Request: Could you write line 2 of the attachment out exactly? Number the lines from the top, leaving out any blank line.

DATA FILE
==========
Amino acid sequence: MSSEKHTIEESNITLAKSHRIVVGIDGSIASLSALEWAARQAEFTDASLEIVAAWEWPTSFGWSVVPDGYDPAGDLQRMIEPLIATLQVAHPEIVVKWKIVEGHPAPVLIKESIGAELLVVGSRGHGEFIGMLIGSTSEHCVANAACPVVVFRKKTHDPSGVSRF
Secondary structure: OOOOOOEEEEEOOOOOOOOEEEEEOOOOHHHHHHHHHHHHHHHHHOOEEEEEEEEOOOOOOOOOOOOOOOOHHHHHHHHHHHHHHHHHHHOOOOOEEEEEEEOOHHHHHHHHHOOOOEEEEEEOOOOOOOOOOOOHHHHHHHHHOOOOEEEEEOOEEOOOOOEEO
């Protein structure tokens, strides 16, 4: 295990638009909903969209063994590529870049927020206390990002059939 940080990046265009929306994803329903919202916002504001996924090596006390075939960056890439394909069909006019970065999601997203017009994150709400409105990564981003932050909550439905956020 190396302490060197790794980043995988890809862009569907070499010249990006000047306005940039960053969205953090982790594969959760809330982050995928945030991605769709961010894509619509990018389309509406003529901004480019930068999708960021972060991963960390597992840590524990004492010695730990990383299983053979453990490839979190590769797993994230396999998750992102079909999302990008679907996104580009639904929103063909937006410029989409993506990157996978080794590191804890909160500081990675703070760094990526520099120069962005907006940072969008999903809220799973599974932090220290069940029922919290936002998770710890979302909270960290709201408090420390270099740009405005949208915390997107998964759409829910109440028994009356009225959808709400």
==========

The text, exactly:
Secondary structure: OOOOOOEEEEEOOOOOOOOEEEEEOOOOHHHHHHHHHHHHHHHHHOOEEEEEEEEOOOOOOOOOOOOOOOOHHHHHHHHHHHHHHHHHHHOOOOOEEEEEEEOOHHHHHHHHHOOOOEEEEEEOOOOOOOOOOOOHHHHHHHHHOOOOEEEEEOOEEOOOOOEEO